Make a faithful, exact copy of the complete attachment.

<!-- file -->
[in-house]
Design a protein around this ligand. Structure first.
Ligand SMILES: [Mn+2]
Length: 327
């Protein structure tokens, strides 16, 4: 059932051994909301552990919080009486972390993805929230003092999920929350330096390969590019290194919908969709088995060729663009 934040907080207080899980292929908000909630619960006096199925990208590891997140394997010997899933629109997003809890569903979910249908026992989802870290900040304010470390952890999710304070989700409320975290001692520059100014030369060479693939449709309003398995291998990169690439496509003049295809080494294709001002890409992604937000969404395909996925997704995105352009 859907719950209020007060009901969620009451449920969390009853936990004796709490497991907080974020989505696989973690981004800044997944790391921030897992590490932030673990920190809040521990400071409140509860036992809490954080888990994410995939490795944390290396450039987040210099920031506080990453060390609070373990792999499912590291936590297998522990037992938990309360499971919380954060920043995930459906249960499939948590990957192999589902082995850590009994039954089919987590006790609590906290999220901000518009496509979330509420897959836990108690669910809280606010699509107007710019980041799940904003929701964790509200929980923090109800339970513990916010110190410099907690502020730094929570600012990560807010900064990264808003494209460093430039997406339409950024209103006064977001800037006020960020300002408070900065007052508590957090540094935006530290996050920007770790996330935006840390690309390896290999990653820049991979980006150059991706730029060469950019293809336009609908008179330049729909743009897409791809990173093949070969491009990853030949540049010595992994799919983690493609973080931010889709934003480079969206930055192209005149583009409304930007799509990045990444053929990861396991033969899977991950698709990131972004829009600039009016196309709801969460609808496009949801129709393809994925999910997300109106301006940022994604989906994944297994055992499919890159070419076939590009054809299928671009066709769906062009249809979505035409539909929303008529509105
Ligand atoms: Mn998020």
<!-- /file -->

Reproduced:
[in-house]
Design a protein around this ligand. Structure first.
Ligand SMILES: [Mn+2]
Length: 327
């Protein structure tokens, strides 16, 4: 059932051994909301552990919080009486972390993805929230003092999920929350330096390969590019290194919908969709088995060729663009 934040907080207080899980292929908000909630619960006096199925990208590891997140394997010997899933629109997003809890569903979910249908026992989802870290900040304010470390952890999710304070989700409320975290001692520059100014030369060479693939449709309003398995291998990169690439496509003049295809080494294709001002890409992604937000969404395909996925997704995105352009 859907719950209020007060009901969620009451449920969390009853936990004796709490497991907080974020989505696989973690981004800044997944790391921030897992590490932030673990920190809040521990400071409140509860036992809490954080888990994410995939490795944390290396450039987040210099920031506080990453060390609070373990792999499912590291936590297998522990037992938990309360499971919380954060920043995930459906249960499939948590990957192999589902082995850590009994039954089919987590006790609590906290999220901000518009496509979330509420897959836990108690669910809280606010699509107007710019980041799940904003929701964790509200929980923090109800339970513990916010110190410099907690502020730094929570600012990560807010900064990264808003494209460093430039997406339409950024209103006064977001800037006020960020300002408070900065007052508590957090540094935006530290996050920007770790996330935006840390690309390896290999990653820049991979980006150059991706730029060469950019293809336009609908008179330049729909743009897409791809990173093949070969491009990853030949540049010595992994799919983690493609973080931010889709934003480079969206930055192209005149583009409304930007799509990045990444053929990861396991033969899977991950698709990131972004829009600039009016196309709801969460609808496009949801129709393809994925999910997300109106301006940022994604989906994944297994055992499919890159070419076939590009054809299928671009066709769906062009249809979505035409539909929303008529509105
Ligand atoms: Mn998020």